An Accra High Court has quashed a report by the Commission on Human Rights and Administrative Justice (CHRAJ), which made adverse findings against Mr A.B. Adjei, a former Chief Executive Officer of the Public Procurement Authority (PPA).
The Court presided over by Justice Audrey Kocuvie-Tay essentially found that CHRAJ breached the fair hearing rule by substituting parts of the complaint that was filed by Ghana Integrity Initiative (GII) with its (CHRAJ) own allegations.
The Court said that CHRAJ failed to give Mr Adjei the chance to cross-examine the witnesses called during their investigations before reaching their conclusions.
The Court also held that CHRAJ failed to investigate the substantive complaints made but rather focused on matters that were not part of the submissions of the GII, the complainant in the case.
Following an investigative exposé by Manasseh Azure Awuni in 2019 entitled ‘Contract for Sale’, GIl petitioned the Commission to investigate the PPA Boss and other Members of the Board of the PPA to find out if they have been involved in corruption, conflict of interest, collusion and inappropriate conduct in violation of the Constitution and laws of Ghana for which appropriate sanctions should be applied.
Essentially, GII requested CHRAJ to investigate six issues; firstly ‘Mr Adjei and other members of the Board of the PPA have allegedly been in involved in corruption, conflict of interest, collusion, and in appropriate conduct in violation of the Constitution and the laws of Ghana’.
Secondly, ‘on the face of the documents (evidence) that the complainant (GII) received and reviewed, Mr Adjei established companies soon after he was appointed Chief Executive Officer of PPA without disclosing his interest.’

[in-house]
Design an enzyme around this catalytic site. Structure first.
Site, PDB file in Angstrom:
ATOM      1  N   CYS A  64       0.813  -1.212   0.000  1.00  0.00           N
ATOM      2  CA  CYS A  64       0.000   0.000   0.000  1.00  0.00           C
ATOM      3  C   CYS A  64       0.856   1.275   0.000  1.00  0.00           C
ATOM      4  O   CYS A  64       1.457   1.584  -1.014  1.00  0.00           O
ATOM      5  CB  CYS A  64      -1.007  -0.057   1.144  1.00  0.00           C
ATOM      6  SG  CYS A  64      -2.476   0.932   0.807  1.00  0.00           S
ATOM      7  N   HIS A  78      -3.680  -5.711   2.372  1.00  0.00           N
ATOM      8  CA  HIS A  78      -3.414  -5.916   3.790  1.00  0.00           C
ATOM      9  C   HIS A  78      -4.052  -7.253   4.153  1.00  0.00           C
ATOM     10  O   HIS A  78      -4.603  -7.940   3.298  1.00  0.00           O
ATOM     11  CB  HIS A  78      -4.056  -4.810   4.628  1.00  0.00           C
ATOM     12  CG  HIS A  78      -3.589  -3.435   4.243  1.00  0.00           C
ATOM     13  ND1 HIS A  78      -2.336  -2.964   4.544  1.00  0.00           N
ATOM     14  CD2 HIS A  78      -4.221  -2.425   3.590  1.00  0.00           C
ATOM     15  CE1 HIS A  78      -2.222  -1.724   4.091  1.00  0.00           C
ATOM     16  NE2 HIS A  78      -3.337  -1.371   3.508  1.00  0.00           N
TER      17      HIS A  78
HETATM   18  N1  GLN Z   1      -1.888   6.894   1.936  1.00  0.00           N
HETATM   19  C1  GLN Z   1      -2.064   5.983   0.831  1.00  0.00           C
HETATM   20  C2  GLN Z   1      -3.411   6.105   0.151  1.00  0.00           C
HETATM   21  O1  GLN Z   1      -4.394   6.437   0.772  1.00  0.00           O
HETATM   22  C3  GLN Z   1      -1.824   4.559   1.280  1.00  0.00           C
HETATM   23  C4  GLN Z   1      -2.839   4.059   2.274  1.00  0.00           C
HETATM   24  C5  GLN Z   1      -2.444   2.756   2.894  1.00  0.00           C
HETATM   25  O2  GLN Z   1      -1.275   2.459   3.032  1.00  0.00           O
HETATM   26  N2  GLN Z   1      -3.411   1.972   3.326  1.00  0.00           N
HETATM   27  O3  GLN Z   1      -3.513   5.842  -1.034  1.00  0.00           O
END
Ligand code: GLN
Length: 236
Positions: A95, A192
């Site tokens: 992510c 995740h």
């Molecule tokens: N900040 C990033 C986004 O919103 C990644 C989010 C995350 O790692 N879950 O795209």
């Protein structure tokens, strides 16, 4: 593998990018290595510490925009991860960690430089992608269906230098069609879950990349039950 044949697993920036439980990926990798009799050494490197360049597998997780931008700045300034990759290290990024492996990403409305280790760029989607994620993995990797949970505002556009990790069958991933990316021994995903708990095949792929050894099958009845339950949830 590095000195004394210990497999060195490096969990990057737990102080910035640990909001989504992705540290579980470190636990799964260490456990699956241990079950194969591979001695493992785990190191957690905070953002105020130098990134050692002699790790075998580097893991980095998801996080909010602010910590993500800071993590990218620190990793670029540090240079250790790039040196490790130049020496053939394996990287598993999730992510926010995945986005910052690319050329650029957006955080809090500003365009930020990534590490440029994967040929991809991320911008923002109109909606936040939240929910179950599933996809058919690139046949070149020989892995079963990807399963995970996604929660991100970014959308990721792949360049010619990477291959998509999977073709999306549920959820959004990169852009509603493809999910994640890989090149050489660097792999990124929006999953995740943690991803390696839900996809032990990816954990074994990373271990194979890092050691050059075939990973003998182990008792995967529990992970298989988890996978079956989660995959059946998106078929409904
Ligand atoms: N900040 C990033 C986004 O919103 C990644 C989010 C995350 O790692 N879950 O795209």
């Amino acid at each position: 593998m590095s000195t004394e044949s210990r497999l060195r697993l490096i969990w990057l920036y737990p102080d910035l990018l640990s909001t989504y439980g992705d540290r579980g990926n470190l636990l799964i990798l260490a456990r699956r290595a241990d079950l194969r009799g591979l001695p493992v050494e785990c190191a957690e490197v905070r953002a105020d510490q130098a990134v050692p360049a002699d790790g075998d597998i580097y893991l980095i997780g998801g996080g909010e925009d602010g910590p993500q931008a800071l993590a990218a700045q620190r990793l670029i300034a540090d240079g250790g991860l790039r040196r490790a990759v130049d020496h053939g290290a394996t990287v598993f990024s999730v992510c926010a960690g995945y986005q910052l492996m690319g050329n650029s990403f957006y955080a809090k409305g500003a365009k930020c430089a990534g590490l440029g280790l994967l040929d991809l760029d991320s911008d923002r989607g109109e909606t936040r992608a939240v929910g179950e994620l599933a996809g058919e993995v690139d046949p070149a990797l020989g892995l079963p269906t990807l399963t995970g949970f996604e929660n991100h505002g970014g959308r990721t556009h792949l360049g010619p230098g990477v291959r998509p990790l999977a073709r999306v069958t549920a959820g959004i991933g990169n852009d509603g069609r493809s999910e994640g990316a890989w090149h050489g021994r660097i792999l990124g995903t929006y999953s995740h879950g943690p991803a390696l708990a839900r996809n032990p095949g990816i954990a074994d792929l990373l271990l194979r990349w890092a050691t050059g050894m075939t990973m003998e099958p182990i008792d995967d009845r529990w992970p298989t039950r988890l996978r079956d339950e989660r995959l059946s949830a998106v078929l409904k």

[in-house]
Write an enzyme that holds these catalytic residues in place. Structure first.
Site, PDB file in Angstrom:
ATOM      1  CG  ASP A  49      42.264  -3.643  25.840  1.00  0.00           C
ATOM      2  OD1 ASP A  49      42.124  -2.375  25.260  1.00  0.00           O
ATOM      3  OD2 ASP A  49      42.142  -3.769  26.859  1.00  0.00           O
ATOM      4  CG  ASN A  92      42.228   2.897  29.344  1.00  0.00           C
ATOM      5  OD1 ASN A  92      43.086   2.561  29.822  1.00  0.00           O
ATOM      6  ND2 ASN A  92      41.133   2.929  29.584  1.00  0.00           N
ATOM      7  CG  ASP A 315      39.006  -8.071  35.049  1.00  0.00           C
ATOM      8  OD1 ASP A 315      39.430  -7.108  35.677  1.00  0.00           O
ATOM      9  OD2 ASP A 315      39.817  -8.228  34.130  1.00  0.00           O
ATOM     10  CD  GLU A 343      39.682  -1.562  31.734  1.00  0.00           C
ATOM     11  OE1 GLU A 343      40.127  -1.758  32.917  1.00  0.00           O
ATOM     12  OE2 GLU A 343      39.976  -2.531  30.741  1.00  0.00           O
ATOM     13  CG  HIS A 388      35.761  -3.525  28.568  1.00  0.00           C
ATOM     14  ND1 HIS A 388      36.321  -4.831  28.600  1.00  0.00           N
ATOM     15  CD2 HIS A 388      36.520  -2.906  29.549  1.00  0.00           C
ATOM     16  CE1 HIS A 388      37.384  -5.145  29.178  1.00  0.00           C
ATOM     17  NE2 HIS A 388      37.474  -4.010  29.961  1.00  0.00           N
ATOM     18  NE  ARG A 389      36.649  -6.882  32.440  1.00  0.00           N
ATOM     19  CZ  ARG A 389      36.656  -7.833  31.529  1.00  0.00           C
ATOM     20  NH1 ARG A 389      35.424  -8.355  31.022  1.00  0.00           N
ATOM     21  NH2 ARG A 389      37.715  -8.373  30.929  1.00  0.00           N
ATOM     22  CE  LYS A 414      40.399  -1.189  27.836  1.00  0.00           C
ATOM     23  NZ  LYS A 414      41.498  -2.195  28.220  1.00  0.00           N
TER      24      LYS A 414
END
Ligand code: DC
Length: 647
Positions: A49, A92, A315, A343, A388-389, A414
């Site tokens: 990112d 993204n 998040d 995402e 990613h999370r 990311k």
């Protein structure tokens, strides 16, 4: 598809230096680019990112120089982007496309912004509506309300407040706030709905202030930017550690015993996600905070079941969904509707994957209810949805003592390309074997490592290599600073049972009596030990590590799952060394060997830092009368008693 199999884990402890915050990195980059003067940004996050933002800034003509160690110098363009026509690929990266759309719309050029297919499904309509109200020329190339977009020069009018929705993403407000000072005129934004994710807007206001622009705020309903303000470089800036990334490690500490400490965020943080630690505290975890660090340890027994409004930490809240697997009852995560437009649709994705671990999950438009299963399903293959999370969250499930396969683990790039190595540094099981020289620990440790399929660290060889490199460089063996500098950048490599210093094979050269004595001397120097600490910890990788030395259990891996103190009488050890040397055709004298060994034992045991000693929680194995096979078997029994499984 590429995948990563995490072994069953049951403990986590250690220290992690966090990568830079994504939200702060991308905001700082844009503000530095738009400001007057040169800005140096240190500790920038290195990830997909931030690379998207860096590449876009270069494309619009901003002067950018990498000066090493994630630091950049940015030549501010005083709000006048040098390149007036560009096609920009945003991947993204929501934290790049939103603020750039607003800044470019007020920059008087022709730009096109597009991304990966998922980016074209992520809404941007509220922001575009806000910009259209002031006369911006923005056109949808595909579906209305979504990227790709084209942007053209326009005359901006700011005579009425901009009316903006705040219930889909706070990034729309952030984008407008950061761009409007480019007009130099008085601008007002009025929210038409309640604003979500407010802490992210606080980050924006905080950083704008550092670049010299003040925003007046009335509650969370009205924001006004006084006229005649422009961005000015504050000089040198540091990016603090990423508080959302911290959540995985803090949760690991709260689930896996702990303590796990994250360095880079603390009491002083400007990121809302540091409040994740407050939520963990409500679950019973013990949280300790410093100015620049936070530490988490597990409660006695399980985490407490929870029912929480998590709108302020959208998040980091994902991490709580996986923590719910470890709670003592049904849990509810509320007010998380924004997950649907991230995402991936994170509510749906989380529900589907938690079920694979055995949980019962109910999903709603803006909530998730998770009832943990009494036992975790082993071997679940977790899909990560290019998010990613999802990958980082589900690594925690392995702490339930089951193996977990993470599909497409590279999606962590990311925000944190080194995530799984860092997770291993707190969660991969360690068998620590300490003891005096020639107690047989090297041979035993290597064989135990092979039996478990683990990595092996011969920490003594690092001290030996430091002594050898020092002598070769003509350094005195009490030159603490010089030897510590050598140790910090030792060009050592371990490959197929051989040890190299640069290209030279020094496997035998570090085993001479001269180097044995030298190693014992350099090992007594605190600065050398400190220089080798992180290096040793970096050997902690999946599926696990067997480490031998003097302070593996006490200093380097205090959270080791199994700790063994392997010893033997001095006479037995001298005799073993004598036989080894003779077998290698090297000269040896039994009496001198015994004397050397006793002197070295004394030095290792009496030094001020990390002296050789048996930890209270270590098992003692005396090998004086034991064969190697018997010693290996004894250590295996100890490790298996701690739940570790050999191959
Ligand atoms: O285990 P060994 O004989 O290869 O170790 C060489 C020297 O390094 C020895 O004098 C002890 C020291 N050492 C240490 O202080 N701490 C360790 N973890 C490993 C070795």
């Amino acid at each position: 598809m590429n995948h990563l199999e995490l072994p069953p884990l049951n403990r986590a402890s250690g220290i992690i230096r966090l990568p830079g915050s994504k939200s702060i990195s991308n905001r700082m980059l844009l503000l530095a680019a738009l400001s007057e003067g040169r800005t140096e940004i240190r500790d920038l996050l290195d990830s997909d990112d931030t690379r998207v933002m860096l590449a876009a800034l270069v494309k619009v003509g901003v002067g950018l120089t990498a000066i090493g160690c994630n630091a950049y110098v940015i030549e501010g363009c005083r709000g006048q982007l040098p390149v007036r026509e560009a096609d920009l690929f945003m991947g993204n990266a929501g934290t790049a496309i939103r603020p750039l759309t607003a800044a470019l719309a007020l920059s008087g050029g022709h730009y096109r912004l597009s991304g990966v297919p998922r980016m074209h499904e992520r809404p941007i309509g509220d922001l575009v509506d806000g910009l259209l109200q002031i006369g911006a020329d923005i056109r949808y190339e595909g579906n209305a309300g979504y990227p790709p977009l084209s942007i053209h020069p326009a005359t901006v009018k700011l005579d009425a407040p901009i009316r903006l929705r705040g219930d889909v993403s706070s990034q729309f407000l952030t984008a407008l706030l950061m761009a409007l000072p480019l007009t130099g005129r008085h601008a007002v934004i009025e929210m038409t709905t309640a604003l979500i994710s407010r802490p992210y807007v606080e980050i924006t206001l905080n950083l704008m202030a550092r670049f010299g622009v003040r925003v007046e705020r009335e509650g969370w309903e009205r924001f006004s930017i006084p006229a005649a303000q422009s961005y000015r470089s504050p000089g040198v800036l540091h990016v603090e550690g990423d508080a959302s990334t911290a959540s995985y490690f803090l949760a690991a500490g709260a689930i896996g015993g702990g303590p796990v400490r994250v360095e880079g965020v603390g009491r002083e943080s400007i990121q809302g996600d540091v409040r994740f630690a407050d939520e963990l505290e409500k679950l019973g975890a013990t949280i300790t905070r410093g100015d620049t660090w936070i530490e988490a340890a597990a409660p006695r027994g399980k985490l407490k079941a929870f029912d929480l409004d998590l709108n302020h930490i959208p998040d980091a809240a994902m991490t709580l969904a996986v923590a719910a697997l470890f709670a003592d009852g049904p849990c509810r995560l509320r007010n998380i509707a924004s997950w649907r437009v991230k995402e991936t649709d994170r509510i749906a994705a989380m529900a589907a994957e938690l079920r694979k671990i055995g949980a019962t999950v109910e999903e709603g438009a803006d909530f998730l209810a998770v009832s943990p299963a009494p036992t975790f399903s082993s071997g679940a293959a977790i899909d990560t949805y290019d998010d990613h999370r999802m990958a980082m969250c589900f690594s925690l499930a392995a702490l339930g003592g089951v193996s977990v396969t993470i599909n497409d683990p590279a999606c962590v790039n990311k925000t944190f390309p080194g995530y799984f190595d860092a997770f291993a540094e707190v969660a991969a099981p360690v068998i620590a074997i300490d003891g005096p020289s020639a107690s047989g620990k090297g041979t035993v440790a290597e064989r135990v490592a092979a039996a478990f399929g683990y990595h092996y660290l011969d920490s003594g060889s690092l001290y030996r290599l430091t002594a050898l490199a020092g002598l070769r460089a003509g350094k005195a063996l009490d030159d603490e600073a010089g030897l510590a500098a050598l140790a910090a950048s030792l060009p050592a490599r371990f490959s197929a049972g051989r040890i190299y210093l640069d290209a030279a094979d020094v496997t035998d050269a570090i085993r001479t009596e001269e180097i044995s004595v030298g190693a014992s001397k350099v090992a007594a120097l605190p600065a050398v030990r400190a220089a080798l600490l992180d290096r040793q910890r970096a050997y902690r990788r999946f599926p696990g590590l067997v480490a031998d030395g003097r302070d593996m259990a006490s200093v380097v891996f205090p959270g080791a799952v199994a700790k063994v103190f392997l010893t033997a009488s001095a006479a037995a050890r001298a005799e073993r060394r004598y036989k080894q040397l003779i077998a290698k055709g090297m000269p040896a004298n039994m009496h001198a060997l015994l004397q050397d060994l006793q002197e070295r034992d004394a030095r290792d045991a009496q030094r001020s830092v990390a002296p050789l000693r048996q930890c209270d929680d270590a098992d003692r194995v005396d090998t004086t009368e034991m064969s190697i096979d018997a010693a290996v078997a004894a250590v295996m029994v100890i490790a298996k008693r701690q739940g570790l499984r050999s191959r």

Thirdly, ‘after establishing the companies, Mr Adjenim Boateng Adjei used his public office for private gain.’
Fourthly, ‘in order to facilitate his companies win contracts, Mr. Adjenim Boateng Adjei either directly or indirectly disclosed procurement related information to his companies unlawfully and, among others, enabled a company less than three years old to win high value contracts’.
Fifthly, ‘the companies that Mr Adjenim Boateng Adjei established, allegedly subletted, subcontracted or ‘sold’ contracts awarded by them by the procurement entities of the State without the consent of the said entities’.
Lastly, ‘by subletting, subcontracting, or ‘selling’ of the contracts to other contractors and suppliers, Mr Adjei enriched himself illegally and placed himself in contravention of Article 286 of the 1992 Constitution’.
GII, therefore, requested CHRAJ to investigate the said actions of the former PPA boss, sanction him where appropriate and confiscate to the state every illegal asset he might have acquired during the period.
Mr Adjei contended that he was ‘denied a fair hearing in the entire proceedings and that he has been advised by his lawyer, which he believes same to be true, that the decision arrived at by the CHRAJ was in breach of his right to a fair hearing and his right to natural justice.’
‘That I have been advised by my lawyer, which I believe same to be true, that the Court has jurisdiction to set aside the findings of the Respondent (CHRAJ) for breach of natural justice, unreasonableness and being manifestly wrong,’ he said.
CHRAJ according to the Court, is an investigative body that was required to conduct its investigations based on the complaints it receives as provided for in regulation 6 (4 a) of the Commission for Human Rights and Administrative Justice (Investigative Procedure) Regulation, 2010, CI 67.
Regulation 6 (4 a) the court said reads; ‘The Commission shall inform a person who appears before the Commission in an answer to a complaint or allegation of the particulars of the complaint or allegation.’